The United Nations Committee on Development Policy (CDP) has recommended that Nepal be graduated from the Least Developed Country (LDC) category after a five-year preparation period. This means that Nepal's graduation will take effect in 2026. For this, the social dimension of development has an imperative role in mitigate the intensity of poverty consequently. Among many development partners of Nepal, the World Bank (WB) has been the key agent contributing to her development endeavours.
Implications As an essential part of the Structural Adjustment Programme (SAP) of the WB, the Social Dimensions of Adjustment (SDA) Project has a multitude of implications for improving the living standard of local people. The project helps governments in implementing its poverty reduction strategy in many of the developing countries, which have borrowed or have been granted money for development projects. This strategy is accomplished by procuring basic services like health and education coupled with devising improved population planning. Such a poverty reduction scheme can further be undertaken through the endorsement of job creation and expediting the job placement. Cultivating opportunities for women by ensuring their participation in development activities is another measure to achieve the poverty reduction targets. Besides, in the course of implementing social policies for lessening the magnitude of poverty, institutional capabilities are strengthened. More importantly, basic social infrastructure is made available to the poor in this mega endeavour. Here, social infrastructure is a multi-layered compound that combines the activities of institutions, organisations, and bureaus of a municipality to meet its residents' basic needs and interests. Understanding all elements of social infrastructure and their concurrent development in a healthy economic, political, environmental, psychological, physical, and social setting is critical to achieving quality of life. Social security, intergenerational coexistence, and social stability are, therefore, guaranteed by effective and sustainable development of social infrastructure. Furthermore, to help projects in developing countries like ours to end extreme poverty and promote shared prosperity, the WB's Environmental and Social Framework has established 10 environmental and social standards (ESS). Although the application of all the ESSs can make a significant contribution to raising the people's living standard and improving the quality of life, ESS 5 (land acquisition, restrictions on land use and involuntary resettlement) and ESS 10 (stakeholder engagement and information disclosure) have a crucial role to play in empowering the project-affected local people (PALP) and securing their socio-economic and cultural rights. The former acknowledges that project-related land acquisition and land-use restrictions can harm communities and individuals. Project land purchases or land-use restrictions may bring about a physical displacement resulting in relocation, loss of residential property or a loss of shelter, or economic displacement leading to the loss of land, property, or access to the property giving rise to the loss of sources of income or other livelihoods or the both. It abets in mitigating the unavoidable negative social and economic effects of land acquisition or restrictions on land use by providing timely compensation for asset loss at replacement cost and assisting displaced persons in their efforts to improve or at least restore their livelihoods and living standards. The latter distinguishes open and transparent engagement between the borrower (respective country borrowing the money for the project) and project stakeholders (here, individuals or groups who are affected or likely to be affected by the project: project-affected parties; and those who may have an interest in the project: other interested parties) as an essential component of good international practice. Effective stakeholder engagement can improve project environmental and social sustainability, increase project acceptance, and contribute significantly to successful project design and implementation. In this sense, by focusing on the identification and management of environmental and social risks, recipient countries like ours will be able to achieve the goals of reducing poverty and sustainably increasing prosperity for the benefit of the environment and their citizens. Similarly, the Asian Development Bank (ADB) is another leading partner or international development agency supporting Nepal's ongoing development activities. In this regard, poverty and social dimensions are central to current ADB policies and are an integral part of its vision of a poverty-free Asia-Pacific region. ADB's mission is to help the developing countries reduce poverty and improve people's living condition. Understanding needs, capacities and preferences of the project stakeholders is an important part of poverty and social analysis. Social dimensions like gender, ethnicity, caste, age, and so on influence decision-making, access to services and resources, and risk-taking opportunities. Gender and social inclusion is also a key cross-cutting topic. Besides, the promotion of "social dialogue" between excluded, disadvantaged groups (indigenous peoples, Dalits, women, Madhesi), migrant workers, and youths, on the one hand, and development team led by social safeguard specialist, on the other, has been a key component of development activities funded or credited by development agencies. Formation of the Local Consultative Forums (LCF) consisting of all sectors of the population (women, disadvantaged, marginalised, or vulnerable people and ward representative of municipalities) can galvanise into this effort. Such dialogue is conducted on the premise that sustainability is impossible without social justice and the empowerment of socially and economically disadvantaged groups in all aspects of life. Almost all development agencies of Nepal have focused on addressing long-lasting obstacles to development and laid down priority on those excluded from economic and social opportunities.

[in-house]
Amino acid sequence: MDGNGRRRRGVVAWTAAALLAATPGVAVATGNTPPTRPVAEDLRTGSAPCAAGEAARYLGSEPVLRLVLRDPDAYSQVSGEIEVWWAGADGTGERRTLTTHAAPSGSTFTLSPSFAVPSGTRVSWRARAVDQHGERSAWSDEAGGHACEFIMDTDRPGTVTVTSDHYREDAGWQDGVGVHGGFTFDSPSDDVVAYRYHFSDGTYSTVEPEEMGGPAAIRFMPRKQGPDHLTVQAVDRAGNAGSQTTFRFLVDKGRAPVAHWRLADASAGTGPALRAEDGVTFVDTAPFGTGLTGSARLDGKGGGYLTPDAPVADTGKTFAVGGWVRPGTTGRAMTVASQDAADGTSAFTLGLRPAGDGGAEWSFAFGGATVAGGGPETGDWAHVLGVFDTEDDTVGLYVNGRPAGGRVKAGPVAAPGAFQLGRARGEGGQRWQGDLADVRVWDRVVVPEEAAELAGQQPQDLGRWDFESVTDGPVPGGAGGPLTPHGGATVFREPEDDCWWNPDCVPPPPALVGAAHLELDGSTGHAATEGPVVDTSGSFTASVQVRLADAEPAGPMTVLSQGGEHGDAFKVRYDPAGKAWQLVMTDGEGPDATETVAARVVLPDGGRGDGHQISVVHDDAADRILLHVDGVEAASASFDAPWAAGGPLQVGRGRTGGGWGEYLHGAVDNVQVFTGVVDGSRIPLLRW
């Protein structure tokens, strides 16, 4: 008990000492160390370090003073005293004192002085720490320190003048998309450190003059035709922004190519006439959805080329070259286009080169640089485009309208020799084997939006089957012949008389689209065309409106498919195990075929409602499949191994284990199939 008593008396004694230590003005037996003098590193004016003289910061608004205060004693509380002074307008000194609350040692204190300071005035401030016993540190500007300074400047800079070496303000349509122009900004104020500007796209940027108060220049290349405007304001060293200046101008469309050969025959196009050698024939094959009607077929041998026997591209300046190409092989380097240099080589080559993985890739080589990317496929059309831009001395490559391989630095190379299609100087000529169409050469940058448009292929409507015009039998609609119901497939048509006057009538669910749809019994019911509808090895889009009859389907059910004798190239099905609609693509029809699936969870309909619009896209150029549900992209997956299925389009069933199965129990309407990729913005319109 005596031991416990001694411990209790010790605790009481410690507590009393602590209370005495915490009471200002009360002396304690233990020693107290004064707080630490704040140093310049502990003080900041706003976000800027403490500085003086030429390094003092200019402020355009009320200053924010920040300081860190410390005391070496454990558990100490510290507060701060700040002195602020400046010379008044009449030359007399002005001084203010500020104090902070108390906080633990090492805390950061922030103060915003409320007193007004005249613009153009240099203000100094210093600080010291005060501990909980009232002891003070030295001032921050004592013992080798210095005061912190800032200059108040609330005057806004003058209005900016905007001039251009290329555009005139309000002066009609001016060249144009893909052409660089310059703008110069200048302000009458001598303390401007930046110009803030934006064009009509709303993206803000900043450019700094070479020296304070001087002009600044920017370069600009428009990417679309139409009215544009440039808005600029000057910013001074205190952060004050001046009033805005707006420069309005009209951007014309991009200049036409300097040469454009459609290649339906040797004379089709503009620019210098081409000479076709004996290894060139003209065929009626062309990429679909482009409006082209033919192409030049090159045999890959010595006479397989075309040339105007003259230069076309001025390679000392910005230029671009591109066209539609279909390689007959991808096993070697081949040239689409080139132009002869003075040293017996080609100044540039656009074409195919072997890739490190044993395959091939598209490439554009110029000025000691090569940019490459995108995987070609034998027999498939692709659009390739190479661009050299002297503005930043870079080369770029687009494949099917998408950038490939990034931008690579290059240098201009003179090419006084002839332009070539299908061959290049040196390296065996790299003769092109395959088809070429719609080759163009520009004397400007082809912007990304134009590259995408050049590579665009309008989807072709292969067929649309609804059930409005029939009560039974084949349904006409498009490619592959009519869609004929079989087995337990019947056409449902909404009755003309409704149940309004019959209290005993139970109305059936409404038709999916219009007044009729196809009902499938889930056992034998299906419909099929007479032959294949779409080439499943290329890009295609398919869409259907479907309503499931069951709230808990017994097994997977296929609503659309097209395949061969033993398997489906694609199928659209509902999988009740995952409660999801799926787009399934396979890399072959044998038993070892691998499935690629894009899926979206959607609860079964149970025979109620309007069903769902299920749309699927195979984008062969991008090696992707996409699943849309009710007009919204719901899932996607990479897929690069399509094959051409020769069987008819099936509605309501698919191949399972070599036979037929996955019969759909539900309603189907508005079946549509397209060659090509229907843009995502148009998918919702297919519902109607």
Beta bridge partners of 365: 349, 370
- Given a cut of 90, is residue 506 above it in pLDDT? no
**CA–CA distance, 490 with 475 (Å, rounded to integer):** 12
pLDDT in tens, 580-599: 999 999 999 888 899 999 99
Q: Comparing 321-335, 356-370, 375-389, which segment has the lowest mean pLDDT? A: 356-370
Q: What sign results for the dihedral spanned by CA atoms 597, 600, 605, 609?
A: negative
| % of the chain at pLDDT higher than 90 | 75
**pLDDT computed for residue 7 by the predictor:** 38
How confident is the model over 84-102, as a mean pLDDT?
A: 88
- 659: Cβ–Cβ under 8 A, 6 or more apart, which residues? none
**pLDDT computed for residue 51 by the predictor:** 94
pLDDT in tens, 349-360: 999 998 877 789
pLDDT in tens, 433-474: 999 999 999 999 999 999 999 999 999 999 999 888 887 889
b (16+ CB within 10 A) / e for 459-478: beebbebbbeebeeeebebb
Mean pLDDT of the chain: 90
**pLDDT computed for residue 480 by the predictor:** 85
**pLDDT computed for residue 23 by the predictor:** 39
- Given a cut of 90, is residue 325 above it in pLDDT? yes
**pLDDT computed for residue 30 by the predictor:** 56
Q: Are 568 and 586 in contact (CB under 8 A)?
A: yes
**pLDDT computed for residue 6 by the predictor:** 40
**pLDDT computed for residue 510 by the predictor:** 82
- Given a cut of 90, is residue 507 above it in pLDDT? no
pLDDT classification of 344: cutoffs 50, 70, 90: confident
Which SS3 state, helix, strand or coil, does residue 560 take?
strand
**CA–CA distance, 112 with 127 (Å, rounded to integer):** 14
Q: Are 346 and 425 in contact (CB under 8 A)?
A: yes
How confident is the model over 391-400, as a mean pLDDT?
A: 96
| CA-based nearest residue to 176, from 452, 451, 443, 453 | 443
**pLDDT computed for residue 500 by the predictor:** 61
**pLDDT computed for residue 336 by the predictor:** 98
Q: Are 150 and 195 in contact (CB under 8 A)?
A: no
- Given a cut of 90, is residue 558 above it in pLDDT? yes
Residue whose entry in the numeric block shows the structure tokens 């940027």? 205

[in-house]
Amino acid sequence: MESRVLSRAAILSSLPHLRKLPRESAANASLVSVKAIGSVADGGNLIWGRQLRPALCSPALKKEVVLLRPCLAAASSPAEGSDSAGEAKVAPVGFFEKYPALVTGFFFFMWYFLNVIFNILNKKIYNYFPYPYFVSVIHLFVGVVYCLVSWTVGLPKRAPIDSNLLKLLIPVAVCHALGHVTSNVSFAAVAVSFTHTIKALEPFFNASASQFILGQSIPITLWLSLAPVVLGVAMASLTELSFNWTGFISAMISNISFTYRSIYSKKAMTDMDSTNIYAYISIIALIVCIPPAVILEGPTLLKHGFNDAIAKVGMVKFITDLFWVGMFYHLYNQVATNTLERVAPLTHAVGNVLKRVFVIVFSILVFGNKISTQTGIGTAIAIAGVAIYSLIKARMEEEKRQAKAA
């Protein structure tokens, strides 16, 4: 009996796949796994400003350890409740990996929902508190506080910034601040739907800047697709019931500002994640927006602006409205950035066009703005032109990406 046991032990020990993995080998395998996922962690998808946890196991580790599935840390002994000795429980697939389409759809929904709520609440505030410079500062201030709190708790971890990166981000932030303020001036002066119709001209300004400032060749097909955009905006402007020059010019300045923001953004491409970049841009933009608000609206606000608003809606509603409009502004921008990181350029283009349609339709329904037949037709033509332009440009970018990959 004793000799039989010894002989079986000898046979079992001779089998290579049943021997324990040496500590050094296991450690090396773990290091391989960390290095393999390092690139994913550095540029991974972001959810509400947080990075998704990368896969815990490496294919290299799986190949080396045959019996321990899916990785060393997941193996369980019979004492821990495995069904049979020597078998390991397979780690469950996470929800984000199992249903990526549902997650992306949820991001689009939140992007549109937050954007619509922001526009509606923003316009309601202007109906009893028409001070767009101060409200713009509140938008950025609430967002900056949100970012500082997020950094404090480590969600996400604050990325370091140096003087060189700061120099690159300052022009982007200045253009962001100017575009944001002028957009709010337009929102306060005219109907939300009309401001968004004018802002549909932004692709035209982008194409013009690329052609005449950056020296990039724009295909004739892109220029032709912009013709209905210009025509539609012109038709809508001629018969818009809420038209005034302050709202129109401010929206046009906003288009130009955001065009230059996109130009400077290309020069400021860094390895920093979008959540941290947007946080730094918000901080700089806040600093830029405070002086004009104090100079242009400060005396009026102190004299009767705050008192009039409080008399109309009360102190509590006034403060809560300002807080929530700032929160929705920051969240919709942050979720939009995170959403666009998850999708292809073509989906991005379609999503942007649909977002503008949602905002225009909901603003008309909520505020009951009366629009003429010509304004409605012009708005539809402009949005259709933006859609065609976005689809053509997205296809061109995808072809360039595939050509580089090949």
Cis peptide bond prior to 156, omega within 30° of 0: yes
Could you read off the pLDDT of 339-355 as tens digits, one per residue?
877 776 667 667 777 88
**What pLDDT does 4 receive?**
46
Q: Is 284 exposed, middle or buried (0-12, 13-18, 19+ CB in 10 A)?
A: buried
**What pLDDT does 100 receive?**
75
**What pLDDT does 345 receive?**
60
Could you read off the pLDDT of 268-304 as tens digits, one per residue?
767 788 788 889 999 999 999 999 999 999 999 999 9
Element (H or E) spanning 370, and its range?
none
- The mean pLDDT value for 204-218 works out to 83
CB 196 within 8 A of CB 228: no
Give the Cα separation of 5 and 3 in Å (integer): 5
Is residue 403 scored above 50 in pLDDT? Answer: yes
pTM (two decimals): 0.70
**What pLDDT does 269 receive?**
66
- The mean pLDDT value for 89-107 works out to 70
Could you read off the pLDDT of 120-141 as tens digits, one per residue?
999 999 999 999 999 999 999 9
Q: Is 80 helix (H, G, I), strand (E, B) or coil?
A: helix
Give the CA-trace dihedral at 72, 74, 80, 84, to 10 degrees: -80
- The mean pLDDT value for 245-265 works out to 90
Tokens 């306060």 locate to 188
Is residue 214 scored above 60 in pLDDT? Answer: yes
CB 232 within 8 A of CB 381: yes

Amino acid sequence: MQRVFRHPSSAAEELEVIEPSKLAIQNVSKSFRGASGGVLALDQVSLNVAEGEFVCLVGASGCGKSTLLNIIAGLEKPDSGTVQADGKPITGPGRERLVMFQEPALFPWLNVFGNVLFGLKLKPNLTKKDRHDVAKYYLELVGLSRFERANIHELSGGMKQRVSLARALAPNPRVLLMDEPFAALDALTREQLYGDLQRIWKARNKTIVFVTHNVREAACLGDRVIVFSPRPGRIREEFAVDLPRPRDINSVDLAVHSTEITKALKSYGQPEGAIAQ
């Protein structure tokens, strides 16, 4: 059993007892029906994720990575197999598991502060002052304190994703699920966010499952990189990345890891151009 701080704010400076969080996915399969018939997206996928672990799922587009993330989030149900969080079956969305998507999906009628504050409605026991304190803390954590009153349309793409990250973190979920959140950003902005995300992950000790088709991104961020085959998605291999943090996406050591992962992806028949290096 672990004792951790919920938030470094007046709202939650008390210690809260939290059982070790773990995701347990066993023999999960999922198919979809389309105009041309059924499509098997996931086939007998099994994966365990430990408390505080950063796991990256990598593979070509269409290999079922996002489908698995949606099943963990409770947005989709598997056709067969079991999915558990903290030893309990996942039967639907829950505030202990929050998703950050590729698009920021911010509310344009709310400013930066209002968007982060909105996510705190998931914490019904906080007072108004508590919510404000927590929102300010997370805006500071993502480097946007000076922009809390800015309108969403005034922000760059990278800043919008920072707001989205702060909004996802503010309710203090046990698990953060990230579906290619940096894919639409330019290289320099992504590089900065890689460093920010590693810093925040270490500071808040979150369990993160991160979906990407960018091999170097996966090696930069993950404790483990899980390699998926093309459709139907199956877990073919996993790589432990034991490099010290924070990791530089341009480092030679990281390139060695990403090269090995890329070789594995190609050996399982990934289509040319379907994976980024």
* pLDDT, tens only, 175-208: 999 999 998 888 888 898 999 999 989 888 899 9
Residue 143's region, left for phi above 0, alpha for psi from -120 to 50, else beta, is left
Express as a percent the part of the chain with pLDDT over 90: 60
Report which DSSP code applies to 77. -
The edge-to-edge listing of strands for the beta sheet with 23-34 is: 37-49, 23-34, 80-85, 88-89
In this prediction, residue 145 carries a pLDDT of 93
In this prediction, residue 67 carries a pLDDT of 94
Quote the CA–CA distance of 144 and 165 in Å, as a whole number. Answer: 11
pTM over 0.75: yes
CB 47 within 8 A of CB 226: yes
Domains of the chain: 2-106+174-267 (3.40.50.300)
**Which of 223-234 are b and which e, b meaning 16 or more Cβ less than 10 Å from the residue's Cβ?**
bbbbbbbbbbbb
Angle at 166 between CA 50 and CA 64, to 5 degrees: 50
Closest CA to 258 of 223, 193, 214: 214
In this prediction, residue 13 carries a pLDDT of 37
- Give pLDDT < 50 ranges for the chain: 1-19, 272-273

Social sustainability In this context, increasing investment in inclusive growth reflects social sustainability and inclusion, which is formerly known as social development. Moreover, providing employment opportunity to PALP; making vulnerable community development plan (VCDP) for the vulnerable and disadvantaged group within the corridor of impact (COI) or zone of impact (ZOI) of the project; conducting multiple discussions and interactions with PALP with the application of people-centered development approaches like 'bottom-up approach', 'participatory development approach', 'self-reliant approach' can boost up the social dimension of development. By complying with existing practices and principles of ‘social development’, Nepal can largely be enabled to mitigate poverty and graduate herself from the LDC status.
(A social development specialist, Bhandari teaches Sociology/Anthropology and Research in the management stream. email@example.com)